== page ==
In my experience, a large number of complaints relate to the concept of “fairness.” In fact, the whole idea of “fairness” seems to be at the center of most of the complaints that I personally received or overheard said to a test monitor or the test taker’s peers. I’ve always believed that fairness was in the eye of the beholder and even though nothing is truly fair in this world, what we need to talk about in test administration is consistency. I will discuss more about complaints and dealing with them after touching on a little more detail with appeals.
Since appeals are more formal, the rules often spell out what can and cannot be appealed, along with procedures for filing an appeal. Unfortunately, the mere fact that procedures for appeals are put in writing often gives potential appellants the impression that they have “appeal rights.” This is often the foundation for many of the issues encountered when dealing with appellants in the appeal process.
Something I will stress later is the fact that appellants should be told and helped to understand that an appeal process has been put in place to assist with resolving what an applicant might consider an egregious error. Further, they should understand that the process was developed by Human Resources as part of their effort to provide outstanding customer service and is not imposed upon them by some outside entity that has oversight over HR practices. It should be clear that the process is not a right, but just a process to allow appellants to ask that an issue be investigated with the extent of that investigation and the outcome of any such investigation being left up to HR. If your rules don’t read this way (or you don’t have rules regarding appeals), it would be valuable to write some that reflect this approach.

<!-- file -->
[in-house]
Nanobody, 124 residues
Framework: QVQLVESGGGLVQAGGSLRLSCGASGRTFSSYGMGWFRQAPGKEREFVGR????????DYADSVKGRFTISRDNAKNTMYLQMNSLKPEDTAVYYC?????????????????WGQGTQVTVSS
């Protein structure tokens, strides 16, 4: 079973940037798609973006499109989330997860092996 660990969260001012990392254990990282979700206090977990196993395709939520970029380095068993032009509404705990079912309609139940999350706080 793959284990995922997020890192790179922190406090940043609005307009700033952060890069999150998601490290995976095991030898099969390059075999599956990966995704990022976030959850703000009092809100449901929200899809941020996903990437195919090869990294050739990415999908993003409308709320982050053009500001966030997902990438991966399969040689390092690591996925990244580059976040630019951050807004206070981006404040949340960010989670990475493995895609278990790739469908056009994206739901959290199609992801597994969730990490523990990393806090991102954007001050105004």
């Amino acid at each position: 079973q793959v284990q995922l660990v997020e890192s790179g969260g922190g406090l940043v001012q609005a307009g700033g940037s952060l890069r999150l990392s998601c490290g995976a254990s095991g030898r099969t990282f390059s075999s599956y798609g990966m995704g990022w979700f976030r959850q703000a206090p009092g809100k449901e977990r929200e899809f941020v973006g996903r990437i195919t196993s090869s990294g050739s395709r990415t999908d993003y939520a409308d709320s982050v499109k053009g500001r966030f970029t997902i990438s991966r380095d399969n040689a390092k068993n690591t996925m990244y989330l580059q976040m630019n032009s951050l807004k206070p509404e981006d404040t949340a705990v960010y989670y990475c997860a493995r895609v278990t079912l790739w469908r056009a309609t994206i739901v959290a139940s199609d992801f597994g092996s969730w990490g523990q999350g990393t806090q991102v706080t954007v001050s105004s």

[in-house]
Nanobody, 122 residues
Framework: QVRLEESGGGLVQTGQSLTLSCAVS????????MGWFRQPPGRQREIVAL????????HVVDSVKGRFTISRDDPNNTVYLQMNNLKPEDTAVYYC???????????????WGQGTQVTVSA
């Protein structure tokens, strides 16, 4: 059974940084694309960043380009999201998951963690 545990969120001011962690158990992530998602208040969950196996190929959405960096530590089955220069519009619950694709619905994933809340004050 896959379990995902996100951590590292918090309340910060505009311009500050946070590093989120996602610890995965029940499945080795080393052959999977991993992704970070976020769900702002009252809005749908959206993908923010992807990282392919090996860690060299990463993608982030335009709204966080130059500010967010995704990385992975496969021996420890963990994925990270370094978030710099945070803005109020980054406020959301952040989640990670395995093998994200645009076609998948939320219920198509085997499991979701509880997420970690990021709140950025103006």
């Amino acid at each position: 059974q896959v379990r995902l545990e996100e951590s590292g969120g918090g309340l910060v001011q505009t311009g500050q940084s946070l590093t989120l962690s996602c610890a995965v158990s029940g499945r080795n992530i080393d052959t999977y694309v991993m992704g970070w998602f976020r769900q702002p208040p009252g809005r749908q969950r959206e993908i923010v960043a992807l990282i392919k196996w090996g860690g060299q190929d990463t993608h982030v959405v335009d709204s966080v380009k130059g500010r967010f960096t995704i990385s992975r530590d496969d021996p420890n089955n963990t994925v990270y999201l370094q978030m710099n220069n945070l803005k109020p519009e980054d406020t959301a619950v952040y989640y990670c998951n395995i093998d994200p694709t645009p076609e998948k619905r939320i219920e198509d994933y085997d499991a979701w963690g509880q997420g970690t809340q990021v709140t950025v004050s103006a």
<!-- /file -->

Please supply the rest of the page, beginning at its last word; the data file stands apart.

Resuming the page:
In sorting out appeals, it is also important to determine:
- Which portion of a selection procedure can be appealed,
- How the appeal will be conducted,
- What materials the appellant will be provided,
- When the appeal must be submitted,
- What the possible outcomes can be, and
- Who will make the final determination.
In creating or amending the appeal process, it is important to understand that it is generally beneficial to provide separate appeal procedures for current employees taking promotional exams and external candidates taking entry-level tests. In most cases where separate procedures exist, the employees’ opportunities for appealing separate parts of the selection process are greater.
While complaints are typically not as involved as appeals and have fewer guidelines regarding how they are handled, they can still be serious if not dealt with correctly.
One of the first steps in handling complaints is to try to avoid them. As mentioned previously, a lot of complaints focus on what candidates consider to be unfair treatment. Avoiding complaints from that arena should focus on treating all candidates as consistently as possible. This includes providing detailed pretest instructions for every stage in the process, including:
- What the test will cover,
- What the next phase in the process is,
- What is involved in that process,
- When it will be given,
- How scoring is conducted,
- What is considered a passing score or condition, and
- When results will be given.